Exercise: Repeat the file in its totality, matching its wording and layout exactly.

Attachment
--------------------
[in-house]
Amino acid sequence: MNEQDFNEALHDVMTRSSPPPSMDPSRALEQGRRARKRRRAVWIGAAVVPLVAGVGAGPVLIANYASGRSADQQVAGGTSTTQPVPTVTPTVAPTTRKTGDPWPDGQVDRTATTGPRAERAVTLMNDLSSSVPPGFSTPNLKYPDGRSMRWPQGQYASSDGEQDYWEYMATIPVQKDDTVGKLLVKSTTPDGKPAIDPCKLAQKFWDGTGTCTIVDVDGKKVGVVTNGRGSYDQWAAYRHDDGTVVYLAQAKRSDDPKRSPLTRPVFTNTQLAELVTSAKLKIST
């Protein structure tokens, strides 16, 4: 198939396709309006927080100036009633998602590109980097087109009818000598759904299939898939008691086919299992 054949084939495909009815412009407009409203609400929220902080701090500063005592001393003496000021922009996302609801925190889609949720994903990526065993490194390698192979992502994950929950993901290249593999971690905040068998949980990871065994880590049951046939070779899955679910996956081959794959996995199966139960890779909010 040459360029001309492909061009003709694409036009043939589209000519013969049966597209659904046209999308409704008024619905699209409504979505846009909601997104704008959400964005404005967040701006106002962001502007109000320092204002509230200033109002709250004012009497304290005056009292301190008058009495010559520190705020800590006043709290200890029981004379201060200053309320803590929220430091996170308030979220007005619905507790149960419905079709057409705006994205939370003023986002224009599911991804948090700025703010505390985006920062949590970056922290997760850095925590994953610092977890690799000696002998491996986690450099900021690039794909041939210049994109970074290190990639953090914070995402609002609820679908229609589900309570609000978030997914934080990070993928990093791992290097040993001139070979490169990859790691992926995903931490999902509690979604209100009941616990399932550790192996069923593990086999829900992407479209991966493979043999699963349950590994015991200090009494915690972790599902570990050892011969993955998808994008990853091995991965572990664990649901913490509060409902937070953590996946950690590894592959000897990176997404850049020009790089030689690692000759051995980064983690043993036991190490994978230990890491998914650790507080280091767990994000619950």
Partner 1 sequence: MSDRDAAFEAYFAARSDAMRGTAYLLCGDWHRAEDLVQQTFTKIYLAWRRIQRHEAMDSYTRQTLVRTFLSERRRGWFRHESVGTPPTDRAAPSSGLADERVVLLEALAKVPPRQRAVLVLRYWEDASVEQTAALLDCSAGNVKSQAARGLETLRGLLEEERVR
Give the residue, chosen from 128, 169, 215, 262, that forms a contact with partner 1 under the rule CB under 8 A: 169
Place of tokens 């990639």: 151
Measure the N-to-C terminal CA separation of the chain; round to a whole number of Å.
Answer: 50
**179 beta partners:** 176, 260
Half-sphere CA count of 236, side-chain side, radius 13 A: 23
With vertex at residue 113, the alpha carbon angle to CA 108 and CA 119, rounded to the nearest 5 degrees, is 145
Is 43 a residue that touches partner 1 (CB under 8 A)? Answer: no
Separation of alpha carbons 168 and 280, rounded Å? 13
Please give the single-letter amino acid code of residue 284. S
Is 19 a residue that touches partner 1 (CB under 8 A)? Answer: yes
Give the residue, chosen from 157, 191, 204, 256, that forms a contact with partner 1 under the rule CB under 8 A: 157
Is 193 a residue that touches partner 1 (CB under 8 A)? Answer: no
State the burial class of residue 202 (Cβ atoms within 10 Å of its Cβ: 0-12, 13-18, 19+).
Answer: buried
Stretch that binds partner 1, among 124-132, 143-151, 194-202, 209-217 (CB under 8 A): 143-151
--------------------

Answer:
[in-house]
Amino acid sequence: MNEQDFNEALHDVMTRSSPPPSMDPSRALEQGRRARKRRRAVWIGAAVVPLVAGVGAGPVLIANYASGRSADQQVAGGTSTTQPVPTVTPTVAPTTRKTGDPWPDGQVDRTATTGPRAERAVTLMNDLSSSVPPGFSTPNLKYPDGRSMRWPQGQYASSDGEQDYWEYMATIPVQKDDTVGKLLVKSTTPDGKPAIDPCKLAQKFWDGTGTCTIVDVDGKKVGVVTNGRGSYDQWAAYRHDDGTVVYLAQAKRSDDPKRSPLTRPVFTNTQLAELVTSAKLKIST
């Protein structure tokens, strides 16, 4: 198939396709309006927080100036009633998602590109980097087109009818000598759904299939898939008691086919299992 054949084939495909009815412009407009409203609400929220902080701090500063005592001393003496000021922009996302609801925190889609949720994903990526065993490194390698192979992502994950929950993901290249593999971690905040068998949980990871065994880590049951046939070779899955679910996956081959794959996995199966139960890779909010 040459360029001309492909061009003709694409036009043939589209000519013969049966597209659904046209999308409704008024619905699209409504979505846009909601997104704008959400964005404005967040701006106002962001502007109000320092204002509230200033109002709250004012009497304290005056009292301190008058009495010559520190705020800590006043709290200890029981004379201060200053309320803590929220430091996170308030979220007005619905507790149960419905079709057409705006994205939370003023986002224009599911991804948090700025703010505390985006920062949590970056922290997760850095925590994953610092977890690799000696002998491996986690450099900021690039794909041939210049994109970074290190990639953090914070995402609002609820679908229609589900309570609000978030997914934080990070993928990093791992290097040993001139070979490169990859790691992926995903931490999902509690979604209100009941616990399932550790192996069923593990086999829900992407479209991966493979043999699963349950590994015991200090009494915690972790599902570990050892011969993955998808994008990853091995991965572990664990649901913490509060409902937070953590996946950690590894592959000897990176997404850049020009790089030689690692000759051995980064983690043993036991190490994978230990890491998914650790507080280091767990994000619950």
Partner 1 sequence: MSDRDAAFEAYFAARSDAMRGTAYLLCGDWHRAEDLVQQTFTKIYLAWRRIQRHEAMDSYTRQTLVRTFLSERRRGWFRHESVGTPPTDRAAPSSGLADERVVLLEALAKVPPRQRAVLVLRYWEDASVEQTAALLDCSAGNVKSQAARGLETLRGLLEEERVR
Give the residue, chosen from 128, 169, 215, 262, that forms a contact with partner 1 under the rule CB under 8 A: 169
Place of tokens 């990639």: 151
Measure the N-to-C terminal CA separation of the chain; round to a whole number of Å.
Answer: 50
**179 beta partners:** 176, 260
Half-sphere CA count of 236, side-chain side, radius 13 A: 23
With vertex at residue 113, the alpha carbon angle to CA 108 and CA 119, rounded to the nearest 5 degrees, is 145
Is 43 a residue that touches partner 1 (CB under 8 A)? Answer: no
Separation of alpha carbons 168 and 280, rounded Å? 13
Please give the single-letter amino acid code of residue 284. S
Is 19 a residue that touches partner 1 (CB under 8 A)? Answer: yes
Give the residue, chosen from 157, 191, 204, 256, that forms a contact with partner 1 under the rule CB under 8 A: 157
Is 193 a residue that touches partner 1 (CB under 8 A)? Answer: no
State the burial class of residue 202 (Cβ atoms within 10 Å of its Cβ: 0-12, 13-18, 19+).
Answer: buried
Stretch that binds partner 1, among 124-132, 143-151, 194-202, 209-217 (CB under 8 A): 143-151